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THE SELECTED WORKS OF MAHATMA GANDHI > Vol. V - THE VOICE OF TRUTH > Part II- Section XI : Basic Education and Students > Medium of Education

 

77. Medium of Education

I find daily proof of increasing and continuing wrong being done to the millions by our false de-Indianizing education…

We seem to have come to think that no one can hope to be like a Bose unless he knows English. I cannot conceive a grosser superstition than this. No Japanese feels so helpless as we seem to do…

The medium of instruction should be altered at once, and, at any cost, the provincial languages being given their rightful place. I would prefer temporary chaos in higher education to the criminal waste that is daily accumulating.

Harijan, 9-7-’38, p.177


Education through a foreign language entails a certain degree of strain, and our boys have to pay dearly for it. To a large extent, they lose the capacity of shouldering any other burden afterwards, for, they become a useless lot who are weak of body, without any zest for work and mere imitators of the West. They have little interest in original research or deep thinking, and the qualities of courage, perseverance, bravery and fearlessness are lacking. That is why we are unable to make new plans or carry out projects to meet our problems. In case we make them we fail to implement them. A few who do show promise usually die young...

We the English-educated people, alone are unable to assess the great loss that this factor has caused. Some idea of its immensity would be had if we could estimate how little we have influenced the general mass of our people.

The school must be an extension of home; there must be concordance between the impressions which a child gathers at home and at school, -if the best results are to be obtained. Education through the medium of a strange tongue breaks the concordance which should exist. Those who break this relationship are the enemies of the people even though their motives may be honest. To be a voluntary victim of this system of education is as good as the betrayal of our duty to our mothers. The harm done by this a line type of education does not stop here; it goes much further. It has produced a gulf between the educated classes and the masses. The people look on us as beings apart from them.

True education, (1962), pp. 12-13


It is my considered opinion that English education in the manner it has been given has emasculated the English-educated Indian, it has put a severer strain upon the Indian students’ nervous energy, and has made of us imitators. The process of displacing the vernaculars has been one of the saddest chapters in the British connection. Rammohan Rai would have been a greater reformer, and Lokmanya Tilak would have been a greater scholar, if they had not to start with the handicap of having to think in English and transmit their thoughts chiefly in English. Their effect on their own people, marvelous as it was, would have been greater if they had been brought up under a less unnatural system. No doubt they both gained from their knowledge of the rich treasures of English literature. But these should have been accessible to them through their own vernaculars. No country can become a nation by producing a race of imitators.

Young India, 27-4-21, p. 130


English is today studied because of its commercial and so-called political value. Our boys think, and rightly in the present circumstances, that without English they cannot get Government service. Girls are taught English as a passport to marriage. I know several instances of women wanting to learn English so that they may be able to talk to learn talk to English men in English. I know husbands who are sorry that their wives cannot talk to them and their friends in English. I know families in which English is being made the mother tongue. Hundred of youth s believe that without a knowledge of English, freedom for India is practically impossible. The canker has so eaten into the society that in many cases, the only meaning of education is a knowledge of English. All these are for me signs of our slavery and degradation. It is unbearable to me that the vernaculars should be crushed and straved as they have been. I cannot tolerate the idea of parents writing to their children, or husbands writing to their wives, not in their own vernaculars but in English.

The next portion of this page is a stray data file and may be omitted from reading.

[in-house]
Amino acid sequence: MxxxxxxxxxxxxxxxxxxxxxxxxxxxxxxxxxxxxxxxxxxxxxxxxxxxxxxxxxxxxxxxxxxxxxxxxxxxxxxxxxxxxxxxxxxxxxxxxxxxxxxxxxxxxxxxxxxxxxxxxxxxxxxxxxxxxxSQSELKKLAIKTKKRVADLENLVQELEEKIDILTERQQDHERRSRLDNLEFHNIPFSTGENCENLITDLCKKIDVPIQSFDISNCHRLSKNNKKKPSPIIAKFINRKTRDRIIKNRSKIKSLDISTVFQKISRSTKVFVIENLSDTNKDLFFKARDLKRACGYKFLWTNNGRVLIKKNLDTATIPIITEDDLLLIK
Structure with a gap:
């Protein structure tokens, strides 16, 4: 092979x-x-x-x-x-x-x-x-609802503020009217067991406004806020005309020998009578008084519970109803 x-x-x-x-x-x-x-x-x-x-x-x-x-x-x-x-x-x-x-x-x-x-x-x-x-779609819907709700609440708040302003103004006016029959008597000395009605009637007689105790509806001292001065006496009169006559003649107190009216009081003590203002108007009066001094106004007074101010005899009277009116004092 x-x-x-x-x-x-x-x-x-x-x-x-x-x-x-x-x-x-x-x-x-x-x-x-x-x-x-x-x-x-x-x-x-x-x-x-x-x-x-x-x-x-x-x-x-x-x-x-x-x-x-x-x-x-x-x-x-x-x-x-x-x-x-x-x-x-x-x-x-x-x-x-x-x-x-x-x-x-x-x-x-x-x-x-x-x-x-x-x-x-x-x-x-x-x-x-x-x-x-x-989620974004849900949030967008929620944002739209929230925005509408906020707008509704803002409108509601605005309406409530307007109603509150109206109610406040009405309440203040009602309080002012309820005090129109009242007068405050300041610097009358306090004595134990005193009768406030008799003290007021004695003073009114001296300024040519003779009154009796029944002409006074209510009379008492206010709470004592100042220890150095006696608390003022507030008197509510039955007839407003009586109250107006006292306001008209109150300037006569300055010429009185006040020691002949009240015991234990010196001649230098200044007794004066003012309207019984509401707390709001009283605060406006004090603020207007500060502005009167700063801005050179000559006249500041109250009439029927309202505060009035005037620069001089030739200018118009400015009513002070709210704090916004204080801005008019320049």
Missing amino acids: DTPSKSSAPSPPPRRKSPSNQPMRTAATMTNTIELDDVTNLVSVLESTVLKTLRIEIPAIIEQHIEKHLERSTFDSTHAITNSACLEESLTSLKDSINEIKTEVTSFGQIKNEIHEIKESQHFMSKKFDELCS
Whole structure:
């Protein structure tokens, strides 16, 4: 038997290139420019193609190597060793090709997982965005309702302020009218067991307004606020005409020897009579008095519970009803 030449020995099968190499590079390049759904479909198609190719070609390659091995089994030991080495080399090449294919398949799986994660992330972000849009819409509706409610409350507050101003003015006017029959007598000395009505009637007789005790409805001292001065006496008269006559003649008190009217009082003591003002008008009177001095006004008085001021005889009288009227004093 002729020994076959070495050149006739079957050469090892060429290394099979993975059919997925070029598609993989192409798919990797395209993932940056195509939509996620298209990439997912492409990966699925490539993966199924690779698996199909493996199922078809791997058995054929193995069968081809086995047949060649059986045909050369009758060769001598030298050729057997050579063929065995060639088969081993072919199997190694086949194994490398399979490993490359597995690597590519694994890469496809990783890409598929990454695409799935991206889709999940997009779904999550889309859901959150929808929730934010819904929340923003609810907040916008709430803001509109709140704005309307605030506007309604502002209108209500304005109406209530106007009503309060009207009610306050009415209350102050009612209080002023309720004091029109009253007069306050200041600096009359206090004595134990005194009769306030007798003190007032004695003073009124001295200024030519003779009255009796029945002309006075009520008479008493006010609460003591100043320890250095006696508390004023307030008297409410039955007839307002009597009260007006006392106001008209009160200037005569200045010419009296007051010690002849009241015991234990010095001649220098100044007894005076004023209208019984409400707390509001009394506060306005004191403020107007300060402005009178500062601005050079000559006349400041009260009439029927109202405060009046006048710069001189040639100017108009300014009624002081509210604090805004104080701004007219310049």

Young India, 1-6-21, p. 177


The foreign medium has caused brain fag, put an undue strain upon the nerves of our children, made them crammers and imitators, unfitted them for original work and thought, and disabled them for filtrating their learning to the family or the masses. The foreign medium has made our children practically foreigners in their own lands. It is the greatest tragedy of the existing system. The foreign medium has prevented the growth of our vernaculars. If I had the powers of a despot, I would today stop the tuition of our boys and girls through a foreign medium, and require all the teachers and professors on pain of dismissal to introduce the change forthwith. I would not wait for the preparation of text-books. They will follow the change. It is an evil that needs a summary remedy.

Young India, 1-9-21, p. 277


Among the many evils of foreign rule, this blighting imposition of a foreign medium upon the youth of the country will be counted by history as one of the greatest. It has sapped the energy of the nation, it has shortened the lives of the pupils. It has estranged them from the masses; it has made education unnecessarily expensive. If this process is still persisted in, it bids fair to rob the nation of its soul. The sooner, therefore, educated India shakes itself free from the hypnotic spell of the foreign medium, the better it would be for them and the people.

Young India, 5-7-28, p. 224